Hello All In community! Today’s wisdom comes to you from Tammy Kling, best-selling author and CEO of OnFireBooks. Her sharing of real life and real struggle helps us to know that we are not alone. Thank you Tammy!

This is a question I’ve been pondering a lot lately, after spending a year chatting with super entrepreneur and author Stephanie Breedlove about her groundbreaking new book, All In: How Women Entrepreneurs can Think Bigger, Build Sustainable Businesses, and Change the World.

As an entrepreneur myself, I completely understand the myriad of challenges entrepreneurs face. As a woman, I truly believe our challenges are unique, due to the complexities of raising kids, juggling activities, bills, marriages or a love life if you’re single, personal relationships, and extended family. Most days I can do anything and everything on point, dressed to the nines, but when I look back at my pictures I may see that I hadn’t thought to brush my hair. There’s always something that suffers in the life of an entrepreneur and for me it’s definitely hair and makeup.

I’d rather spend that extra ten minutes reviewing our business plan or creating an inspiring message to send to my team. If you’re a business owner following your dream, you understand the focus and long nights and passion that comes with being an entrepreneur. But are you really all in?

Work and Home Life Should be Complements Not Competitors

I ask this because when I first met Stephanie, I felt as if my business was in conflict with my family life. I’m all about my family, and I began having a dialogue with myself about selling the company. Even though I truly love what I do, I felt an internal struggle about being a CEO focused on leadership and clients, and a great mom with my kids at the top of my priority list. Stephanie allowed me to think differently. “Being an entrepreneur offers you the freedom to live the life you want,” she reminded me. “It’s not a barrier to the life you want.”

That point in itself is accurate, and yet I have an inner conflict that tempted me to give up. Stephanie challenged me to examine my own beliefs about what being all in really is: When you have both a career and a family, you will have to make choices. However, choosing one over the other isn’t one of them if you desire both and are willing to be all in. She shared her own challenges along the road to building her company and how you’re not really all in if you’re just all in when things are going smoothly. Entrepreneurs are “all in” when the going gets tough too. If you own your own company there are going to be difficult times, lean times, and moments when it doesn’t seem like you’ll be able to pay the bills. You’ll have to juggle disappointment, lost clients, employee conflict, and other challenges, including balance, but in the end you’ll also have a lot of victories. One of the deepest truths Stephanie taught me is that if you look at all the challenges at once, you’ll get overwhelmed and be tempted to give up. Entrepreneurs need to take things slow, and build out a plan that involves not having everything all at once. By nature, she points out, entrepreneurs are visionaries and idea generators but it’s that same trait that can cause us to get over extended, and stressed. Don’t do too much at one time.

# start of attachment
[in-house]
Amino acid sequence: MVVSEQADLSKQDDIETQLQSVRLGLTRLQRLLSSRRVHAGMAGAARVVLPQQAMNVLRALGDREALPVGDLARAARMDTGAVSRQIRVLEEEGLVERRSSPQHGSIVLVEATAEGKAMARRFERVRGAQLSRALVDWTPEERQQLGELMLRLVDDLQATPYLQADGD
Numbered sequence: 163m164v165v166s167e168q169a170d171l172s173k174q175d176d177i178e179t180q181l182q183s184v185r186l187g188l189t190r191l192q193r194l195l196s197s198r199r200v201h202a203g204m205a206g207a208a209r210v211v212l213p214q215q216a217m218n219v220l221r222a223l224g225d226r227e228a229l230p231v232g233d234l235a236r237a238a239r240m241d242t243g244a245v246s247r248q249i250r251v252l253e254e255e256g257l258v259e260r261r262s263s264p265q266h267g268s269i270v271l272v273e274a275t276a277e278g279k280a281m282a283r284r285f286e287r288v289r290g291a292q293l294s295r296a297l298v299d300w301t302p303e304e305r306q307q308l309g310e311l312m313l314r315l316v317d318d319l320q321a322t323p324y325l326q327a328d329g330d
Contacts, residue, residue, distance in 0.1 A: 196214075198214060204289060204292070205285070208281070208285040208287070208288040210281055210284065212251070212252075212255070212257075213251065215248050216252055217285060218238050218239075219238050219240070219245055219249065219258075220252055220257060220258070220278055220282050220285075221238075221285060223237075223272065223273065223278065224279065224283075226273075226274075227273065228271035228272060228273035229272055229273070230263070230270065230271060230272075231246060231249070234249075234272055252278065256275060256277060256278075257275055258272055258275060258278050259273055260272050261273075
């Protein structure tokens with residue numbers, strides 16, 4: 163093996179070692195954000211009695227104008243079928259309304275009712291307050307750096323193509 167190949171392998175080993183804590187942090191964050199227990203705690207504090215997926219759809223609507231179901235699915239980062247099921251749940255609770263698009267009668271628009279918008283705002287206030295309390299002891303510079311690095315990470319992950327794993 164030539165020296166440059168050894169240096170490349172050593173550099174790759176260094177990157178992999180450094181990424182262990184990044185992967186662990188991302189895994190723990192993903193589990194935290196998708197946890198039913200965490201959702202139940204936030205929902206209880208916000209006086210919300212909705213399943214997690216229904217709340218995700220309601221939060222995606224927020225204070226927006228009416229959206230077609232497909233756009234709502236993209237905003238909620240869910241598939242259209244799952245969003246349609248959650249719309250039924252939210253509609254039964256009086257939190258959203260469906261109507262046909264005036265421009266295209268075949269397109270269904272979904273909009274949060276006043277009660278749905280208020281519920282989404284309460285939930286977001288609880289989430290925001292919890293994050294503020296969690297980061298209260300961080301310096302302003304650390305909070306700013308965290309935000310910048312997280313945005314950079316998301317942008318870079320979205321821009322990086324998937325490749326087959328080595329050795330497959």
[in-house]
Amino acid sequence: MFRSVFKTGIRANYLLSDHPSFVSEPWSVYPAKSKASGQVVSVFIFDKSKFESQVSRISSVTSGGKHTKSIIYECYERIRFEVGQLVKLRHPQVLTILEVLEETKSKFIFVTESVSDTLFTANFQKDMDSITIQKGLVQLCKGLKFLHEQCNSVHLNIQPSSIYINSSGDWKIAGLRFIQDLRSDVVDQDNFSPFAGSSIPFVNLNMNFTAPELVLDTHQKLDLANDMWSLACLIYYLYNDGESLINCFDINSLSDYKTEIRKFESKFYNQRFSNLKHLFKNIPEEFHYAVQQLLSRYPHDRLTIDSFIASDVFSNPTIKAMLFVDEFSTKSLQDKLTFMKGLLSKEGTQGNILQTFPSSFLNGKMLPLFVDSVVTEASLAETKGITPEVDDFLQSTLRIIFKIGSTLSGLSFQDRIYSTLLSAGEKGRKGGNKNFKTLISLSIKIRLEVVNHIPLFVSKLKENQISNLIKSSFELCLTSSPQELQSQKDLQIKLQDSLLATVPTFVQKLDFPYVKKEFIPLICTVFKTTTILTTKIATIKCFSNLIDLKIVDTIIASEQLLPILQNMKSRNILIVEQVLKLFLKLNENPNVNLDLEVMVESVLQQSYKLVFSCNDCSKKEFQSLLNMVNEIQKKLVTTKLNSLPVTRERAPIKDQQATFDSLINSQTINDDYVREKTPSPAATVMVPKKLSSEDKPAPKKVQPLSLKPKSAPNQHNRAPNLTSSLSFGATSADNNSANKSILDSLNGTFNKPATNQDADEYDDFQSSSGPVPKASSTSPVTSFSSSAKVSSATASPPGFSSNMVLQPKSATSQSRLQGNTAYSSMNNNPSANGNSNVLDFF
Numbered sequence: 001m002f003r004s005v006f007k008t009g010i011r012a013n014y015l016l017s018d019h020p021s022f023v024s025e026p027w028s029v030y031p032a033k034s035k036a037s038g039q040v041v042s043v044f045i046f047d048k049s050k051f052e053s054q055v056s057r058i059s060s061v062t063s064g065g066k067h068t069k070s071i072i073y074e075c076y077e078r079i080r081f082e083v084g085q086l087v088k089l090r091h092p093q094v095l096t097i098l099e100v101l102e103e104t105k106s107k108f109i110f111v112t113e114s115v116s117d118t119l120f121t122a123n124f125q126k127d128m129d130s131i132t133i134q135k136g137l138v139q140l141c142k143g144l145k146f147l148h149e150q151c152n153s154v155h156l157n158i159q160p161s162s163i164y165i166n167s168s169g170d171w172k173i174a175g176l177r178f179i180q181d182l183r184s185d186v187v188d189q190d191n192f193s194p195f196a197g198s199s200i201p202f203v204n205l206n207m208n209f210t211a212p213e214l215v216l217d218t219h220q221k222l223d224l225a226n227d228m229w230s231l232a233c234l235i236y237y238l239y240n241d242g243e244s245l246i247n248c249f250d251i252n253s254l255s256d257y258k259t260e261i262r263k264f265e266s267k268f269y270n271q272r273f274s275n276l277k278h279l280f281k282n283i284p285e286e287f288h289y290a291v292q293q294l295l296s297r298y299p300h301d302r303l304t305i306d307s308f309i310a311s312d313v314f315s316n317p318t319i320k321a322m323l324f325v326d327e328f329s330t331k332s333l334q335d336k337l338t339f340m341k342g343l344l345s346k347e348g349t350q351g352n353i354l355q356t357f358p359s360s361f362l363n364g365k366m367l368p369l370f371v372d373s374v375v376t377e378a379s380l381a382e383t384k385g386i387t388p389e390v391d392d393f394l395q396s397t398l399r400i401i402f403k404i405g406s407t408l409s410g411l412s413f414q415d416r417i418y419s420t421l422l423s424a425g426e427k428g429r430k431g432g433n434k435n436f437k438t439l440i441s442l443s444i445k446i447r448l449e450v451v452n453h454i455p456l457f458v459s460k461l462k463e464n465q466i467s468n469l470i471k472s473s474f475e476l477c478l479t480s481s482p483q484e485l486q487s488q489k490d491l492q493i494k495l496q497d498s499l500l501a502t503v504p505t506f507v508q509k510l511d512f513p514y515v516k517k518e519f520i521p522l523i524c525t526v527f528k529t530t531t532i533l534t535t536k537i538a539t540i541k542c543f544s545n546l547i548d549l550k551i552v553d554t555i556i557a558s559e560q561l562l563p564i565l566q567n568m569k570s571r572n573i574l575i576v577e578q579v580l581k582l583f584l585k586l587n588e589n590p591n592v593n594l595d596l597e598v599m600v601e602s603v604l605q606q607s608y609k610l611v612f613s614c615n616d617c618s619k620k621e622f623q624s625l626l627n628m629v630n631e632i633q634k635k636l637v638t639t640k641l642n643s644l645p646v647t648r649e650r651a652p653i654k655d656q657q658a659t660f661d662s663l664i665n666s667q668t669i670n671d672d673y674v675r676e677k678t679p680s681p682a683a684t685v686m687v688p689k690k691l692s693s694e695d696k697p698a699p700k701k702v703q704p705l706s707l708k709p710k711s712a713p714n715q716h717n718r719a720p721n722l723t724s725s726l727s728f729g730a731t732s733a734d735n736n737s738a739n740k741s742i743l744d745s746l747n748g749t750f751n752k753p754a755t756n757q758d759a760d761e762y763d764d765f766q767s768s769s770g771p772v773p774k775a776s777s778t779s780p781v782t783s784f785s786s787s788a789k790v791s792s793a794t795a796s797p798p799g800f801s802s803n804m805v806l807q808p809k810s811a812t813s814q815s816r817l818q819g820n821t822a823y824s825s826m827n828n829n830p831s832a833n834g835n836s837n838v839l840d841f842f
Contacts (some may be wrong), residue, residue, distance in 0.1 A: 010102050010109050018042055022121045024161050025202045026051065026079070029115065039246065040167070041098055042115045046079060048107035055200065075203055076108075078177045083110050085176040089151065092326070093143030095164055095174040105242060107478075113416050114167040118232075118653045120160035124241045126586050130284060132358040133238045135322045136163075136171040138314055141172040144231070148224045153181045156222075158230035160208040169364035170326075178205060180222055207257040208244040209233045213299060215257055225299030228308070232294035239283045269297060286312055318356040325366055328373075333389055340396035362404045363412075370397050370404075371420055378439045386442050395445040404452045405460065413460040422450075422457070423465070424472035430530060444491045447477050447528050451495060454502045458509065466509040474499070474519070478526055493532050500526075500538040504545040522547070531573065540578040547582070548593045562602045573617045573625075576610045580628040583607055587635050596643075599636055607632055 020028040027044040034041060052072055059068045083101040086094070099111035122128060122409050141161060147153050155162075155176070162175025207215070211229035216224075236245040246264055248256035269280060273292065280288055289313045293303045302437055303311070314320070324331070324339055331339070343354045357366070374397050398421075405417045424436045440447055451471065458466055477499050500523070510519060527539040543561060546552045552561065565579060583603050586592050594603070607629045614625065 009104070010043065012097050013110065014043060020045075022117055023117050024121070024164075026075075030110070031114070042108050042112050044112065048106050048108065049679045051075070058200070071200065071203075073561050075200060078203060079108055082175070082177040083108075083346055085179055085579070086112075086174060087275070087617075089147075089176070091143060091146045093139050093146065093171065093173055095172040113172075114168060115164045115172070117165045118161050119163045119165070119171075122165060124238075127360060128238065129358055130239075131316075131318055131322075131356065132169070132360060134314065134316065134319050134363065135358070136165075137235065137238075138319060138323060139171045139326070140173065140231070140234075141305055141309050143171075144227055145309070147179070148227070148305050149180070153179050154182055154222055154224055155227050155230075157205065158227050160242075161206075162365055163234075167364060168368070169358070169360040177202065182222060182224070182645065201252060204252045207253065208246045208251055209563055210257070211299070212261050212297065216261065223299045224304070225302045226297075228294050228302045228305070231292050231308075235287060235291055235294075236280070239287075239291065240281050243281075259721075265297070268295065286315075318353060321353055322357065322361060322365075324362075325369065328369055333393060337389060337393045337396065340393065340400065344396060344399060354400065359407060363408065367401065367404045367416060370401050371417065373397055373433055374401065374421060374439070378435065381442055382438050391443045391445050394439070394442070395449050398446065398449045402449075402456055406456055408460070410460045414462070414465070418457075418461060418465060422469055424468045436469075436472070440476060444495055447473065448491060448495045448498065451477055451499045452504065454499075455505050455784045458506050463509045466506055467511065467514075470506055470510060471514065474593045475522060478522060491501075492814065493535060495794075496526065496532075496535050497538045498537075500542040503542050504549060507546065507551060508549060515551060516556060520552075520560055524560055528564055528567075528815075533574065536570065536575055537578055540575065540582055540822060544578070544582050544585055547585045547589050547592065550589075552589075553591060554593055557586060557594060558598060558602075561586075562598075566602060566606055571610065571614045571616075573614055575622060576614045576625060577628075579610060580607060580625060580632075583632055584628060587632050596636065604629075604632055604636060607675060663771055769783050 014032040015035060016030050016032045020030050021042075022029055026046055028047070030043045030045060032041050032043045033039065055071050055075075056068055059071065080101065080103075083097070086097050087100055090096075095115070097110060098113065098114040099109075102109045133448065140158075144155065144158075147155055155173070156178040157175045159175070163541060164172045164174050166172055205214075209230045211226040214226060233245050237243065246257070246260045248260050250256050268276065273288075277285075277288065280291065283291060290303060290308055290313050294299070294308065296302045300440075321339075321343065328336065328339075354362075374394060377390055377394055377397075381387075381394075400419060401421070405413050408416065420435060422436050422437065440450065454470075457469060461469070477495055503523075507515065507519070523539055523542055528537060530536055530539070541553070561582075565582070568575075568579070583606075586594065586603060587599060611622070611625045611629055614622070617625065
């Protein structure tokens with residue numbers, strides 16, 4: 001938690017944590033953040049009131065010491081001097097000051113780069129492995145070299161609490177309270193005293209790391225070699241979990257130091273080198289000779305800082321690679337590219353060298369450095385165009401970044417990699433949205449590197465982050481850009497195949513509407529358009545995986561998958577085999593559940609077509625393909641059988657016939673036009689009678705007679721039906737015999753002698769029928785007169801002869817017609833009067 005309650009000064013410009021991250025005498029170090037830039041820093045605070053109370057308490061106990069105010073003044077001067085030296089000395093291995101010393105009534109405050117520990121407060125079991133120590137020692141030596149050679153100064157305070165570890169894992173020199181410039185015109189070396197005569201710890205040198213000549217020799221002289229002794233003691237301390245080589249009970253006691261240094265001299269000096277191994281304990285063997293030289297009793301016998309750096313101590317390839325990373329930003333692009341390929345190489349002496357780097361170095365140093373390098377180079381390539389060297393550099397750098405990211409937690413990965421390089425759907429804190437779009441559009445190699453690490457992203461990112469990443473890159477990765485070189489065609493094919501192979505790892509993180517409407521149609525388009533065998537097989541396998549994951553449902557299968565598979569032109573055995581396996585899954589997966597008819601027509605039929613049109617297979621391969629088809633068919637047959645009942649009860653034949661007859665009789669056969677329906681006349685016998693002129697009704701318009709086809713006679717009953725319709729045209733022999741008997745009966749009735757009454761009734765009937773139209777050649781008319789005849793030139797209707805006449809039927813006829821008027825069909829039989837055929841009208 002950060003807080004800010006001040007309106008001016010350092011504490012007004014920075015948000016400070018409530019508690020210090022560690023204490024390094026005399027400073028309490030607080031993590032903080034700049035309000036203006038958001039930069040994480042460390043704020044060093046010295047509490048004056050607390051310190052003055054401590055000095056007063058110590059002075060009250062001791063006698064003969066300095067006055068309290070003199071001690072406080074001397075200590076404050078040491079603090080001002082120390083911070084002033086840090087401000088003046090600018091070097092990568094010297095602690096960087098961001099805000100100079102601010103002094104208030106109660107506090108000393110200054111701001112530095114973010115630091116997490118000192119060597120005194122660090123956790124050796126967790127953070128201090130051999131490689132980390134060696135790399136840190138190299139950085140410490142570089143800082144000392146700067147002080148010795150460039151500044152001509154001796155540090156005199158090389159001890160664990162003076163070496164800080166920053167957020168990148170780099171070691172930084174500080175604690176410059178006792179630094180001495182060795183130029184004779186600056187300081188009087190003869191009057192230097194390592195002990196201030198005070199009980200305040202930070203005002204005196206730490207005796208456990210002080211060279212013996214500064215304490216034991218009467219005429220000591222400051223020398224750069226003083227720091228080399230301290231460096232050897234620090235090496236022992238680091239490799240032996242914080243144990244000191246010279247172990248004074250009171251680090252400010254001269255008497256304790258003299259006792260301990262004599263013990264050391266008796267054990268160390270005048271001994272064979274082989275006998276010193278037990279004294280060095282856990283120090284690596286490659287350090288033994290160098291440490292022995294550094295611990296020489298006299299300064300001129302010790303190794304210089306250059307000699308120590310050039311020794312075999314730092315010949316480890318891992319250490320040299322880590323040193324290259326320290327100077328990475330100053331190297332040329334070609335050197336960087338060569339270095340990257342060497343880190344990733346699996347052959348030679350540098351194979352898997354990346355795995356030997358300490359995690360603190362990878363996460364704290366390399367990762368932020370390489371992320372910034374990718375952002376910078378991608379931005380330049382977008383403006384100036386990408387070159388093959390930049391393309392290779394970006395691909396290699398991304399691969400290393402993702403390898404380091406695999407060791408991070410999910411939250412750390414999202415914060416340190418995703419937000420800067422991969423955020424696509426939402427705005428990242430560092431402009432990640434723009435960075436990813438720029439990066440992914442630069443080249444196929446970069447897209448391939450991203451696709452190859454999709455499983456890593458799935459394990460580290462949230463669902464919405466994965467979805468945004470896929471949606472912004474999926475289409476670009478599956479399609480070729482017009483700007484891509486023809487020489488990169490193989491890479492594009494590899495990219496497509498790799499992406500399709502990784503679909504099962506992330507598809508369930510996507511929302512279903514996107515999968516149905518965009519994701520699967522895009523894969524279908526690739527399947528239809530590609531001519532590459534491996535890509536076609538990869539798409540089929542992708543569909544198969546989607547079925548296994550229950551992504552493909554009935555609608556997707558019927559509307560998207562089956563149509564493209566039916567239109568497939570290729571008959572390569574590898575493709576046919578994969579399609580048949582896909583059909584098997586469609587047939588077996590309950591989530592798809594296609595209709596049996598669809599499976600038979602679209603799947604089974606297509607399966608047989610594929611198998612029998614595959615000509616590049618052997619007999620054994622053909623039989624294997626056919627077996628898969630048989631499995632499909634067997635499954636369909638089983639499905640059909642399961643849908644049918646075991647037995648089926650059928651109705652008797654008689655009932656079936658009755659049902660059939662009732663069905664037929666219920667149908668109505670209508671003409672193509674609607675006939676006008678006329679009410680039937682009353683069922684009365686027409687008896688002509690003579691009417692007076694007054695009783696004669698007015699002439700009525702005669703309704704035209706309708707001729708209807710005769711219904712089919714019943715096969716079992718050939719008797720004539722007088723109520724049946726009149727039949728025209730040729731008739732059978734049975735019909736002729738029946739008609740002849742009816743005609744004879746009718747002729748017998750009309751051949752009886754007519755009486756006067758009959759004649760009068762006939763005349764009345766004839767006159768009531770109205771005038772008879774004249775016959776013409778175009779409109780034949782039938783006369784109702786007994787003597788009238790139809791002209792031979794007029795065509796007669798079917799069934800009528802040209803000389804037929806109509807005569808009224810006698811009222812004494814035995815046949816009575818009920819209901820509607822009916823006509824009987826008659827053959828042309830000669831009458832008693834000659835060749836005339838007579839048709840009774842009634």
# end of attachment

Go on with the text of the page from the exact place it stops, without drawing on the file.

The Eye Opening

It was small kernels of wisdom like this that opened my eyes to an entirely new way of thinking. All In is recommended reading for every entrepreneur whether your company is small, mid-size or large. Stephanie points out startling facts that I didn’t know about entrepreneurs even though I’ve been one for fifteen years. Check out these statistics: “Growth in the number of women-owned businesses is impressive, and mainstream media regularly reports that women entrepreneurs are thriving. Some are, yet a peek under the surface reveals an issue with significant economic impact: Women are not starting or building growth-oriented, job creating businesses as they should be. Although women own roughly a third of U.S. businesses, these businesses generate only 3.8% of total U.S. revenue and employ only 6% of the workforce (U.S. Census Bureau). 96.2% of revenue and 94% of employment are generated by firms owned by men.” Wow! Staggering numbers. We have amazing opportunity before us, and I am committed to making a difference in progress through my own journey.

Stephanie shows women how to think differently, to live all in, and to believe that you can build a fulfilling life where work and family are complements not competitors to one another. As an ‘all in’ entrepreneur, it is important to involve my children in this amazing journey, helping them to build entrepreneurial traits and leadership skills. I often ask them; are you all in? This is a concept that applies to each one of us in our lives, businesses, friendships, and marriage. For me, being all in means doing more than just the bare minimum, presenting my most excellent self every day, and fully showing up. I want to be all in, in every moment. I don’t want to skate by.

What does all in mean for you? Whatever it is, do it with all your heart.

By Tammy Kling
Best Selling Author and CEO, On Fire Books

Know someone who would love this? Please share.